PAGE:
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RE: Crane impact factors in AISC / Building Codes / ASCE 7/ CMAA

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Bruce,

As Gary has stated the impact factors are typically included for the runway
beams and not the columns/foundations.  The impact factors are also
typically included on the brackets (assuming a support bracket for the crane
versus auxiliary columns).  AISC Design Guide #7 also indicates that the
AISE Report (Tech. Report #13) requires impact to be considered on crane
columns when one crane is the governing criterion.  Did a very quick look
through AISE and at first glance did not find this provision... It does
appear that they also do not include impact factors for foundations.

For impact you might want to also refer to the building code... some
building codes have more stringent impact criteria than the standard AISC %
impacts... Off of the top of my head I don't remember which code in
particular had higher impacts, seems like it was BOCA/NBC (93 or newer) and
ASCE7 (88 or newer)... not completely sure about the newer versions of those
codes.

HTH,
Greg Effland, P.E.
KC, MO USA


-----Original Message-----
From: Gary Hodgson & Associates [mailto:ghodgson(--nospam--at)vaxxine.com]
Sent: Thursday, May 22, 2003 8:38 AM
To: seaint(--nospam--at)seaint.org
Subject: Re: Crane impact factors in AISC / Building Codes / ASCE 7/
CMAA


Bruce,

The CMAA specifications are written for cranes only.  The impact arises from
the hoisting motion of the 
trolley hoist, hence the percentage of the hoist speed.  The impact may come
from suddenly braking the 
downward motion of a load or suddenly lifting a load.  You often get
operators jogging a load to get it 
to a certain position- this can set up a harmonic action which makes things
worse.  
The AISC spec and the Canadian standard and many others specify impact
factors which are a reflection of 
the crane either lifting/lowering a load, moving down-aisle thereby hitting
unevenness in the rail or 
splice points.  The lifting/lowering effects are generally absorbed by the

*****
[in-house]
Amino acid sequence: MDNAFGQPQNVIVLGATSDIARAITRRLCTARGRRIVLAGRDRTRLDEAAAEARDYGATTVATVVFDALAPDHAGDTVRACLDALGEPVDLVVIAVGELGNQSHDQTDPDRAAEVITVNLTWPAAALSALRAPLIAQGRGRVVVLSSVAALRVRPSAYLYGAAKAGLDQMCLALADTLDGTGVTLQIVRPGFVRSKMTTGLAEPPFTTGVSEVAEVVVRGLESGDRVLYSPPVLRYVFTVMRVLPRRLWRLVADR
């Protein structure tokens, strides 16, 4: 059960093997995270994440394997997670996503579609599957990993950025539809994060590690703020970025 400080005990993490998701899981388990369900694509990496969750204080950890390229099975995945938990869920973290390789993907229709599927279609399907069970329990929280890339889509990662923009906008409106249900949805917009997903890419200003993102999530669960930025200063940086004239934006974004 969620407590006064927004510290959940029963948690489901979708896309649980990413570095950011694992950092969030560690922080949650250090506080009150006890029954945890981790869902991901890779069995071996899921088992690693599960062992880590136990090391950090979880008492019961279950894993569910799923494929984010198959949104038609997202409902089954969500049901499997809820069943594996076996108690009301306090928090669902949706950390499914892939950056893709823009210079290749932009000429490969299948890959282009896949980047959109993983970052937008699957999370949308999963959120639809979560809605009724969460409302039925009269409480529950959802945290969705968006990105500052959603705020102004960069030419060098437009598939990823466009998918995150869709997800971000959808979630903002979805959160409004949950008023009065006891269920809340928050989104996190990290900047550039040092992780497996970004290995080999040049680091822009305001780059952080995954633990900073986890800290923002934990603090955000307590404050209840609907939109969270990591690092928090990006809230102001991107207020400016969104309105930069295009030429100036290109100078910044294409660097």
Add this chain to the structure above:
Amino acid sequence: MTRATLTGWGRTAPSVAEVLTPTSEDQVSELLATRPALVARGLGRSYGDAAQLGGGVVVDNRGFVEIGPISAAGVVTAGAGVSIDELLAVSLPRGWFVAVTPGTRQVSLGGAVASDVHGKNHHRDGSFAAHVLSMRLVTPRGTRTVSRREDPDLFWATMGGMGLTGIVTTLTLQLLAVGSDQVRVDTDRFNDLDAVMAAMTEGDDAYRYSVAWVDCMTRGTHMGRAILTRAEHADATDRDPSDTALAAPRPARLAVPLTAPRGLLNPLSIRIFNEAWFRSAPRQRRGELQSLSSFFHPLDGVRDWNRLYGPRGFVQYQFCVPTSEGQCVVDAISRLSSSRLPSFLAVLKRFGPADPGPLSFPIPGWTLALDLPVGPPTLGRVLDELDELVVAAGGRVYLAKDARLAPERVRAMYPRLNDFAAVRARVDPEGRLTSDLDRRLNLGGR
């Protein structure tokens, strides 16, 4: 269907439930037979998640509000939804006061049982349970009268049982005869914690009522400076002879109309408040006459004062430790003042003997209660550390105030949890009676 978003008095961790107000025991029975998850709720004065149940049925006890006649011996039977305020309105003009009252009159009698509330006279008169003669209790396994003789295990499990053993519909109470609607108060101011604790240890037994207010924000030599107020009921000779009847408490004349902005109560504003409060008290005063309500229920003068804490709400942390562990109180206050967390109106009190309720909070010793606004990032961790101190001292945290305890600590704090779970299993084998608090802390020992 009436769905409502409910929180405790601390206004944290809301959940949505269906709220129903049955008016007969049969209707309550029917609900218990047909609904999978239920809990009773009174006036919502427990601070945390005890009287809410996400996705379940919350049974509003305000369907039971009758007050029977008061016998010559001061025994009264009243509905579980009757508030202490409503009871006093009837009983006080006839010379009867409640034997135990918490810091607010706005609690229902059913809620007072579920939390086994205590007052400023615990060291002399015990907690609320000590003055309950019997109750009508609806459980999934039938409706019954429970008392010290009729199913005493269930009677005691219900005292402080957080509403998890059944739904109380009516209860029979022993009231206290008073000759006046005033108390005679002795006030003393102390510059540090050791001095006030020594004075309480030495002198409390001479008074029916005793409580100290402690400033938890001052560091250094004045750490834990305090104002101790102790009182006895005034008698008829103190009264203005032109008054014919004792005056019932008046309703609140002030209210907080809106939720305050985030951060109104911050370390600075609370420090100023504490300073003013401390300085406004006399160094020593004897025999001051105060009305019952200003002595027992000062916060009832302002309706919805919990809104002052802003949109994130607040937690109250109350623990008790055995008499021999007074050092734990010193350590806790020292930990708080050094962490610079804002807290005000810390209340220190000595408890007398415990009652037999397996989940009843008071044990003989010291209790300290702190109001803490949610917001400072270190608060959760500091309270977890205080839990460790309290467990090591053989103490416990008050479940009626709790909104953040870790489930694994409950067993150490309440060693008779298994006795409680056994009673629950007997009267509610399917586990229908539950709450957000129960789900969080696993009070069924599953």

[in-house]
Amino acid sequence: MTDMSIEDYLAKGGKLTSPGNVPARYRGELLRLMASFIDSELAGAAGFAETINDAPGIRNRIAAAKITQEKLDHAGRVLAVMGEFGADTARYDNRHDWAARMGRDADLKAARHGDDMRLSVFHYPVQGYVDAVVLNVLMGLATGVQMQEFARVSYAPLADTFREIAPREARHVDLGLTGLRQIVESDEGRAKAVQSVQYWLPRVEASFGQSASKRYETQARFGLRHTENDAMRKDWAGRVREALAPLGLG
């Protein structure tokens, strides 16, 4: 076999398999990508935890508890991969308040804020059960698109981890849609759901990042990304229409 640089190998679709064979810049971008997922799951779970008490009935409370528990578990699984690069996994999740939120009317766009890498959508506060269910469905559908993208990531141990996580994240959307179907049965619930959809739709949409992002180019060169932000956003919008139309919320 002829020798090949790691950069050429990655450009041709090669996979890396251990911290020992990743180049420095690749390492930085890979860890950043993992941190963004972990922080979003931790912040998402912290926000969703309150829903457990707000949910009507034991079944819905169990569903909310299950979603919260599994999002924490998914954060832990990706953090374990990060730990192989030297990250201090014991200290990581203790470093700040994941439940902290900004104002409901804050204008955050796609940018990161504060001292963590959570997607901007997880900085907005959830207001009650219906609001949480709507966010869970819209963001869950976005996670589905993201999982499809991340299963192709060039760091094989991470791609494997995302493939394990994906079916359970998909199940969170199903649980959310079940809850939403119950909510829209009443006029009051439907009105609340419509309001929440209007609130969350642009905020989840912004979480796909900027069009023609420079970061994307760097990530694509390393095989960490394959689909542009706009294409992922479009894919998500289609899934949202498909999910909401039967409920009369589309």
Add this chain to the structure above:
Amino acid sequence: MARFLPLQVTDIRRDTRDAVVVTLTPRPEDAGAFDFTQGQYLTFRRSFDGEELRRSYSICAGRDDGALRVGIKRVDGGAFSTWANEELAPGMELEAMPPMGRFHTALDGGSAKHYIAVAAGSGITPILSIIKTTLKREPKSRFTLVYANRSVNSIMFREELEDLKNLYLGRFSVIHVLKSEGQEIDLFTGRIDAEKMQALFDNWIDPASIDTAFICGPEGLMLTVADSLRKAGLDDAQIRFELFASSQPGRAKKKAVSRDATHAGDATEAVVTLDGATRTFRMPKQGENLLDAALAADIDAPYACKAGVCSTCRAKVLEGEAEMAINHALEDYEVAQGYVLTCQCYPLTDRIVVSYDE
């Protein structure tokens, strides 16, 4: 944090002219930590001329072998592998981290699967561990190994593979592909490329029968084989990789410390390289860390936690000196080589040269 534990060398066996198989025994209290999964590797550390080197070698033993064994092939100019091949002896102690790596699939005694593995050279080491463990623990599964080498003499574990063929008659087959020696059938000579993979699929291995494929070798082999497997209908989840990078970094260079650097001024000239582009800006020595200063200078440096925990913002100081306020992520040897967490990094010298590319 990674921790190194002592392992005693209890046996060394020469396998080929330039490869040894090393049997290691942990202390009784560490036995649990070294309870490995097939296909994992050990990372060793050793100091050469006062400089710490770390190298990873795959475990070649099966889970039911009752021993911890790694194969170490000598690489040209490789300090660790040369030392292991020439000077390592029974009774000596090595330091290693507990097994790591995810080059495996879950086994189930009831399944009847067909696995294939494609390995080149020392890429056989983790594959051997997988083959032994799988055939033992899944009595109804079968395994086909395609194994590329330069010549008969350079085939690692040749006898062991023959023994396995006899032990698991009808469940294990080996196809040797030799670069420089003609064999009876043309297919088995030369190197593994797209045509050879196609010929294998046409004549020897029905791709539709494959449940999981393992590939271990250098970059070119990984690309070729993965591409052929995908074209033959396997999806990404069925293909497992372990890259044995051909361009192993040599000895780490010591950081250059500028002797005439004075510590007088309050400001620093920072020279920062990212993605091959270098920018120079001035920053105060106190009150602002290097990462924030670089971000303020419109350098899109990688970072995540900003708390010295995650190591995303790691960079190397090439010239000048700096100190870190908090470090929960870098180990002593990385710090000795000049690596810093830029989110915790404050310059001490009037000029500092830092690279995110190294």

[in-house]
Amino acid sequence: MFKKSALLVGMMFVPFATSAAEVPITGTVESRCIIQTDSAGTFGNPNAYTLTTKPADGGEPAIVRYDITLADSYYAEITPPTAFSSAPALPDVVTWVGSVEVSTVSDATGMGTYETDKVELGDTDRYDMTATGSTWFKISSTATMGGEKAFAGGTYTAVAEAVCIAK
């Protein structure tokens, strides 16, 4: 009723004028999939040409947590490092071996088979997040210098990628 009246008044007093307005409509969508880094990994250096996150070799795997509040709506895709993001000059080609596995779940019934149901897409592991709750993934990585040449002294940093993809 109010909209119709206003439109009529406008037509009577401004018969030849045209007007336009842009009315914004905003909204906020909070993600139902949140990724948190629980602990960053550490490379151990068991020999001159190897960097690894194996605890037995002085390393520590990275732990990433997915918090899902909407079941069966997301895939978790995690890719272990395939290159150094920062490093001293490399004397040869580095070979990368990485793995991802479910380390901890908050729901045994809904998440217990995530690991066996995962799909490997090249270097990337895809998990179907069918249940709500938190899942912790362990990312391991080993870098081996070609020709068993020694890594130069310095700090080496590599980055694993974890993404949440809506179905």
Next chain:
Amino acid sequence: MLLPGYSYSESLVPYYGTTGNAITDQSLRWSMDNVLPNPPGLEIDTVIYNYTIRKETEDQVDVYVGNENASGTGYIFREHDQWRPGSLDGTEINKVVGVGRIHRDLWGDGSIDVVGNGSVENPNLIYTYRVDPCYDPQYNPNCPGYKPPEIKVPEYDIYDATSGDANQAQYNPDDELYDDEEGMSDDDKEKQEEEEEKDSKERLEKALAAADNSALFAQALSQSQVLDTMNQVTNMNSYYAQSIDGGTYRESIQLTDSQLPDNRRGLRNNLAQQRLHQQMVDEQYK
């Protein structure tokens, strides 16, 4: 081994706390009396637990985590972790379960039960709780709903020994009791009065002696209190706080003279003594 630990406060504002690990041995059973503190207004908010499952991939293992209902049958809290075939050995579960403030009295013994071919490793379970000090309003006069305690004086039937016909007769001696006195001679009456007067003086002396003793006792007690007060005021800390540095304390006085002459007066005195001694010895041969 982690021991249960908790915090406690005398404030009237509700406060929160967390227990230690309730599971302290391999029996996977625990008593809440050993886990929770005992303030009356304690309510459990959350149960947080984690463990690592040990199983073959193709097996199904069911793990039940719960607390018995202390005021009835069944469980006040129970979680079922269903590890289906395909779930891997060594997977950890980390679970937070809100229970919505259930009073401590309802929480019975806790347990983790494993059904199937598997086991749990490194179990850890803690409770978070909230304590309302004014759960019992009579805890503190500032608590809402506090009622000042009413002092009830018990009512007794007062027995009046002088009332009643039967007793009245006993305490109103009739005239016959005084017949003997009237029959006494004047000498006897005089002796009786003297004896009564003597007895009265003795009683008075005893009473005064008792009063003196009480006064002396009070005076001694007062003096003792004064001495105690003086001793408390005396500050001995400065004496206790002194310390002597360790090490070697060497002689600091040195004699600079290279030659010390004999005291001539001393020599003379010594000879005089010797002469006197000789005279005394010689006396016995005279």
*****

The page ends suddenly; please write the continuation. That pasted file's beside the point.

crane.  The hitting of 
"potholes" is generally not too severe but the effects can add up after a
while.  Studies (Milman, I 
believe) have indicated that the impact factor on a runway on a runway is
only approximately 7%.  The 
various codes have used 10 and 25% for quite a while.  The lower value is
for pendant or hand-operated 
cranes which are slow, the 25% being reserved for cab or radio controlled
cranes which can be faster.  
Impact applies only to the runway beam as the deflection of the beam creates
a magnifying effect.  
Consequently, impact does not apply to columns and foundations.  

Gary Hodgson, P.Eng.

+------------------------------+-----------------------------+
| GARY L. HODGSON & ASSOC. INC |   TEL: 905-357-6406         |
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On 20 May 2003 at 15:44, Bruce Holcomb wrote:

> Does anyone know why there is a big difference between the vertical
> impact factors in the CMAA "Specification for Top Running .....
> Cranes" (publications 70 & 74) and the vertical impact factors in the
> 9th ed AISC "Manual of Steel Construction", IBC 2000 and ASCE 7-98?  
> 
> CMAA indicates the vertical impact to be 0.5% of the hoist speed in
> ft/min but not less than 15% nor more than 50% of the rated capacity
> (section 3.3.2.1.3.4.2).
> 
> AISC, ASCE 7-98 and IBC 2000 (as well as other model building codes)
> indicate that vertical impact is 10% of the wheel load (for electric,
> pendent operated bridge cranes) and 25% for cab-operated bridge
> cranes.
> 
> Does the CMAA impact apply only to the design of the crane while the
> 10% applies to the building design?  Am I missing something?
> 
> On a related note, does the impact factor apply to columns and
> footings or only to the runway beams and connections?
> 
> 
> Bruce D. Holcomb, PE
> Butler, Rosenbury & Partners
> 300 S. Jefferson, Suite 505
> Springfield, MO 65806-2217
> ph (417) 865-6100
> fax (417) 865-6102
> 
> 
> 
> 
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